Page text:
2/15/17 City Council meeting open thread

Please use the comments to record your observations.

Housing Task Force first meeting report

Del Mar Times:
The group — comprised of Mayor Catherine Blakespear, Deputy Mayor Tony Kranz, former Planning Commissioner Kurt Groseclose and No on T spokesperson Bruce Ehlers — ultimately decided at the meeting to interview for a housing element expert to answer technical questions regarding state requirements and survey similar cities to see how they met the state’s Regional Housing Need Allocation (RHNA) numbers.


The task force, which was created at the Feb. 1 city council meeting, also agreed to pursue capping up-zoned properties at two stories, provided they meet RHNA requirements. It will also look to minimize the buffer zone, which is the number of units above the state-required 1,093 zoned high-density units.

The city would return to the general plan for definitions, specifically how height is measured.
Click on over and read the whole thing.

Tuesday, February 14, 2017

Wrong-way CalPERS whiffs again

CalPERS' timing is truly uncanny. From dumping tobacco stocks at all-time lows to buying leveraged L.A. scrub land and "toxic waste" CDOs at the peak of the housing bubble, CalPERS has a knack for doing it wrong.

And yet again:
A shift away from stocks and private equity just before the presidential election has caused CalPERS to miss out on about $900 million in revenue since September.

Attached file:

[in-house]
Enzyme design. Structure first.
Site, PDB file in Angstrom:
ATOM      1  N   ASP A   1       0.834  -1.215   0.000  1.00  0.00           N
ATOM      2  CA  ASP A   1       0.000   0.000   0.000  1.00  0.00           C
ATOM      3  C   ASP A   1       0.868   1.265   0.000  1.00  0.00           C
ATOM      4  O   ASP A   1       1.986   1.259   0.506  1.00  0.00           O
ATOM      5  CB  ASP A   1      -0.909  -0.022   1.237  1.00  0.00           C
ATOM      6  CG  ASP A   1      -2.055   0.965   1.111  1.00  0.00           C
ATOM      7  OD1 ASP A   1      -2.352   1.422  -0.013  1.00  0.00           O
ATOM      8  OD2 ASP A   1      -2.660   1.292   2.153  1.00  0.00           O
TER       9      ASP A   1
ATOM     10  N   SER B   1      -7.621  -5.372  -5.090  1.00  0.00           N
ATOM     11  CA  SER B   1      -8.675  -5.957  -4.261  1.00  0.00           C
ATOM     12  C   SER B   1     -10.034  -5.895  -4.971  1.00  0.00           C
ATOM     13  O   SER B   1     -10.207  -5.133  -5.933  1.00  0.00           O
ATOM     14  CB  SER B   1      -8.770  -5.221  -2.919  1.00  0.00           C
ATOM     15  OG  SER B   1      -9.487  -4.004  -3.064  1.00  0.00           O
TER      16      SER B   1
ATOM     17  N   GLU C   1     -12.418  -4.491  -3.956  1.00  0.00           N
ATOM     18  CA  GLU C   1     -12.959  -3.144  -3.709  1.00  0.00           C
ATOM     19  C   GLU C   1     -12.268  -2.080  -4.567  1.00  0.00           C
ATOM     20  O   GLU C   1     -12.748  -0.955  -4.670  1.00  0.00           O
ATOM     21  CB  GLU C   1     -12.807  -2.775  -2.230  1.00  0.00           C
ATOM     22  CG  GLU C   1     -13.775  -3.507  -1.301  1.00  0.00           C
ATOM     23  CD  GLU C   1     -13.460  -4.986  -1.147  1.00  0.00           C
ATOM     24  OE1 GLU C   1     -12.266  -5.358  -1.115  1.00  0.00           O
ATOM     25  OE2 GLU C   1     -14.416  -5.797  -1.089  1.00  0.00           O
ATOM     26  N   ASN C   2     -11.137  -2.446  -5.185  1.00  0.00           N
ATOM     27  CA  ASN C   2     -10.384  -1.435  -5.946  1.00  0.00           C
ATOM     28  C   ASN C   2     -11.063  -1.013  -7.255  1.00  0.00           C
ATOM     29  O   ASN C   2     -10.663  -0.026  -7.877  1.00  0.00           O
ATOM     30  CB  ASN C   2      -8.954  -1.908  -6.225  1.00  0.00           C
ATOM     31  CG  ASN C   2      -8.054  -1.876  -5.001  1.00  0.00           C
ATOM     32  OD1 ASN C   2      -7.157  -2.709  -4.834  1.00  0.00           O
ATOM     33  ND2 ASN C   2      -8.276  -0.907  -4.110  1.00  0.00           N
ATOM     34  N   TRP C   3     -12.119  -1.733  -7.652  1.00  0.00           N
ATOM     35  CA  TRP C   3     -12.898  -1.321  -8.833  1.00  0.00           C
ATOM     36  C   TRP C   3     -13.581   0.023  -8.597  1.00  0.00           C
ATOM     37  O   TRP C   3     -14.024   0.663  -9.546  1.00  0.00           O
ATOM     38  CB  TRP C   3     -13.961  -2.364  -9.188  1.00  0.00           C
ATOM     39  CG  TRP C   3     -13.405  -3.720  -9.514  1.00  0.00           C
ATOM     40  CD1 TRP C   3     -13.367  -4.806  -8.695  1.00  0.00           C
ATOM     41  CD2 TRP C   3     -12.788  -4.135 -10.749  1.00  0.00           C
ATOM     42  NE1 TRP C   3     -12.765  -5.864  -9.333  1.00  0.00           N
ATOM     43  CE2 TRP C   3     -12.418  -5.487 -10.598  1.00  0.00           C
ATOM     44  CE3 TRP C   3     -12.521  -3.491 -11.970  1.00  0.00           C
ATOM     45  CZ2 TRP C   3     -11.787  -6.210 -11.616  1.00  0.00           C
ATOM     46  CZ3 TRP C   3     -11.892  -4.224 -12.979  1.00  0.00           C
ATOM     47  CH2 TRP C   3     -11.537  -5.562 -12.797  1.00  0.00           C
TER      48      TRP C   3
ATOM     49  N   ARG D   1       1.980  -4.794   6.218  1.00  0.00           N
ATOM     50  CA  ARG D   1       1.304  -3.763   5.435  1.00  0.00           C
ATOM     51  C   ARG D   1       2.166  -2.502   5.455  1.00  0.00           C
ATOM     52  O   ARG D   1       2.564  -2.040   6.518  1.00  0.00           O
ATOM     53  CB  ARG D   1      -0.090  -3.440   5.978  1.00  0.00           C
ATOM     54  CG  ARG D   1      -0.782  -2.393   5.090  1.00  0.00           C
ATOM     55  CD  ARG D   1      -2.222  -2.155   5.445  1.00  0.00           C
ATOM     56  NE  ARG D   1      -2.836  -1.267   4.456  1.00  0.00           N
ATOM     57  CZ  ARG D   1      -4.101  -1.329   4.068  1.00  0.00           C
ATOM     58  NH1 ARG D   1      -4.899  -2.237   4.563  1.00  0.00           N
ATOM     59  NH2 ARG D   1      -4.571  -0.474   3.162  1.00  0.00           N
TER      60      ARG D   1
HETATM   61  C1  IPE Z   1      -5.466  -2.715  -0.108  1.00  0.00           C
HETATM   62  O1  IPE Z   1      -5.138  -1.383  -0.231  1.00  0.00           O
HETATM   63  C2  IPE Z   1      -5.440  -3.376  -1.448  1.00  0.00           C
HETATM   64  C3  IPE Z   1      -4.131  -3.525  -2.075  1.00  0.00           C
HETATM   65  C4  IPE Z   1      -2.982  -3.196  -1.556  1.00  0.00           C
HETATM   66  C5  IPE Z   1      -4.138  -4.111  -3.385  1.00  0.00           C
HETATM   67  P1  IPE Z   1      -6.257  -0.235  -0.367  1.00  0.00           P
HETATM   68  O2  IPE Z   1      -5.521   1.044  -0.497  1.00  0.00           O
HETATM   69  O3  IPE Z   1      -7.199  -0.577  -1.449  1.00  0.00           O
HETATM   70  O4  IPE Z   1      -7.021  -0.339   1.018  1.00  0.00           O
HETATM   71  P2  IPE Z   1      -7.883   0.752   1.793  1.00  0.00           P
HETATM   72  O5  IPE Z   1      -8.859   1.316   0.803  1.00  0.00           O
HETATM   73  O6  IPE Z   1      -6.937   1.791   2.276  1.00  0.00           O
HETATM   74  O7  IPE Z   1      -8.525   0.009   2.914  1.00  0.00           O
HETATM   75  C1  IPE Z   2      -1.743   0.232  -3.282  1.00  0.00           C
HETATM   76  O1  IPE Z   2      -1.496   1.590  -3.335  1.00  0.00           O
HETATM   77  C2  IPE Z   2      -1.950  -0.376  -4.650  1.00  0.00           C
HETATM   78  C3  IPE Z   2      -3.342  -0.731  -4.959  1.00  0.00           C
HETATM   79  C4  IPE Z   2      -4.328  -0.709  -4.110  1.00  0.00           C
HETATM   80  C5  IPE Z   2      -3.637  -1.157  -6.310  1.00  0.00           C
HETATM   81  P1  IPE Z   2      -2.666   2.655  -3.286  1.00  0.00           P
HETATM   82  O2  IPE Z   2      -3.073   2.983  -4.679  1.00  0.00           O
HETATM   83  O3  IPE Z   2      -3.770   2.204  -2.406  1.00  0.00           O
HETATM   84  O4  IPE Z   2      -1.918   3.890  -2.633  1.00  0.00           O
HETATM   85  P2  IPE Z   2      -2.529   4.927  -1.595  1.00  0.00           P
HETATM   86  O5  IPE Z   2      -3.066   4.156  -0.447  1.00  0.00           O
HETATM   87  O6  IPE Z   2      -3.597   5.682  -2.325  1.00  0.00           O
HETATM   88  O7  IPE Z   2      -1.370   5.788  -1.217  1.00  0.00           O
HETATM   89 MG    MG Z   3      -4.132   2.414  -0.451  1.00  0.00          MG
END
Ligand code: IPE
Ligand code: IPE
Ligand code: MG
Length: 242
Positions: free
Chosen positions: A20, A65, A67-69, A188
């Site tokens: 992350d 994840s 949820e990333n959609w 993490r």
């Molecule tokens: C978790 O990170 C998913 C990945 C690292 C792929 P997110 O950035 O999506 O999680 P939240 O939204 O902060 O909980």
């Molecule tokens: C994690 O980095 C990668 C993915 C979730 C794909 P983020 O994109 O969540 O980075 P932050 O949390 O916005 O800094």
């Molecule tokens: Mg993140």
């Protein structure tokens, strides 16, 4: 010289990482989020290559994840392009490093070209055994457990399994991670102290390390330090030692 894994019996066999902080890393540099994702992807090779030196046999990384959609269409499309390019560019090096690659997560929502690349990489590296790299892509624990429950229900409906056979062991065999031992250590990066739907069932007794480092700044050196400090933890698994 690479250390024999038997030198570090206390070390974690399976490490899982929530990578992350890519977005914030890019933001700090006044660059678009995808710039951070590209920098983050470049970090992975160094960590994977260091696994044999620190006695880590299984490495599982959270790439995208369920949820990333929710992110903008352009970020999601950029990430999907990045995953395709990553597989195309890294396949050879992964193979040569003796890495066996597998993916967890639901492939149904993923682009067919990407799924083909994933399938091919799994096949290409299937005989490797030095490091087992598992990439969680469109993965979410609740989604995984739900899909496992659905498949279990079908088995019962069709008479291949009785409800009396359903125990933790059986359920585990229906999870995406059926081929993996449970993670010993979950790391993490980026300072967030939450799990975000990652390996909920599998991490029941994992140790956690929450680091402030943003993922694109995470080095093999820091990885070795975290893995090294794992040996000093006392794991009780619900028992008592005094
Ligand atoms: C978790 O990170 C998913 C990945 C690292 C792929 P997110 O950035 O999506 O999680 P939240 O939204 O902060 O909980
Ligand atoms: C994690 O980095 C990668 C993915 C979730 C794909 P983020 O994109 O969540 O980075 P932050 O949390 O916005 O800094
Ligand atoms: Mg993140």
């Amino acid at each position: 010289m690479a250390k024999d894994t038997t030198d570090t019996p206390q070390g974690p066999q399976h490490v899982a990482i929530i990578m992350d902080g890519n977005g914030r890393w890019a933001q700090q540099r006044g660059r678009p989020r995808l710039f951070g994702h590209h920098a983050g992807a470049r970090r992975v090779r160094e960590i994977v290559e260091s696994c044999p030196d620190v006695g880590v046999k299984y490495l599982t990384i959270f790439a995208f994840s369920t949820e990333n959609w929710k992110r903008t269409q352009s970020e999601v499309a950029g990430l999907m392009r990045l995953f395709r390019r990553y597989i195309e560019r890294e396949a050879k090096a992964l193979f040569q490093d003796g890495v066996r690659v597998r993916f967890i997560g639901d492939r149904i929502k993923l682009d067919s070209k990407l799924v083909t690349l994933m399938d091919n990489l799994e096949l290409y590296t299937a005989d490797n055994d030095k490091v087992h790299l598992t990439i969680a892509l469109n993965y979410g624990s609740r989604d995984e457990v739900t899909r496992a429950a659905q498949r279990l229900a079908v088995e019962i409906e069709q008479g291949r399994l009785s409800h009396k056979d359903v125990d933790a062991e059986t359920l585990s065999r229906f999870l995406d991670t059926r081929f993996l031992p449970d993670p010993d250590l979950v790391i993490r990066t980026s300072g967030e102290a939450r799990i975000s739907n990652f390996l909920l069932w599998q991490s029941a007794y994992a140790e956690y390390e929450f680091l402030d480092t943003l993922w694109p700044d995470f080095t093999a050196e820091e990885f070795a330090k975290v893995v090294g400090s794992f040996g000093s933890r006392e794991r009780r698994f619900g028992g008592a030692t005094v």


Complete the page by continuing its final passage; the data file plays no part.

CalPERS Chief Investment Officer Ted Eliopoulos disclosed the number at a Board of Administration meeting on Monday in a presentation describing how a temporary shift in assets has played out.

The fund moved some of its investments away from stocks and private equity last fall, anticipating a period of market volatility. It has missed some of the broad market gains that have unfolded in recent months.
Thanks to CalPERS' bad performance and dishonest projections, Encinitas has an unfunded pension liability of $154 million by Stanford's analysis.

 The average Encinitas government worker retires much earlier than private sector employees and gets $98,000 per year for life.

Monday, February 13, 2017

2/13/17 Housing Task Force meeting open thread

Please use the comments to record your observations.

Sunday, February 12, 2017

Housing task force meeting Monday night

From the Inbox:
The City kicks off its next HEU round with a task force meeting at 5 p.m. this Monday, February 13, at City Hall. The agenda says simply "Continued discussion toward a legally compliant housing element."

The task force deck is stacked against lone Measure T "No" representative Bruce Ehlers; on the "Yes" side we have: Blakespear, Kranz, Groseclose, and assuredly a passel of staff members.

Likely we'll also have Barbara Kautz, the city's consulting attorney, in attendance.

Wednesday, February 8, 2017

Whole Foods bites the dust

Coast News:
The Pacific Station Whole Foods, which debuted five-and-a-half years ago to large crowds and a downtown eager for a standalone market, will shut down, the Texas-based chain announced Wednesday.

The 23,000-square-foot market, which was the centerpiece of the mixed-used development, will close its doors for good Feb. 22.
Guess it never made much sense for people to drive to the bar district to buy groceries.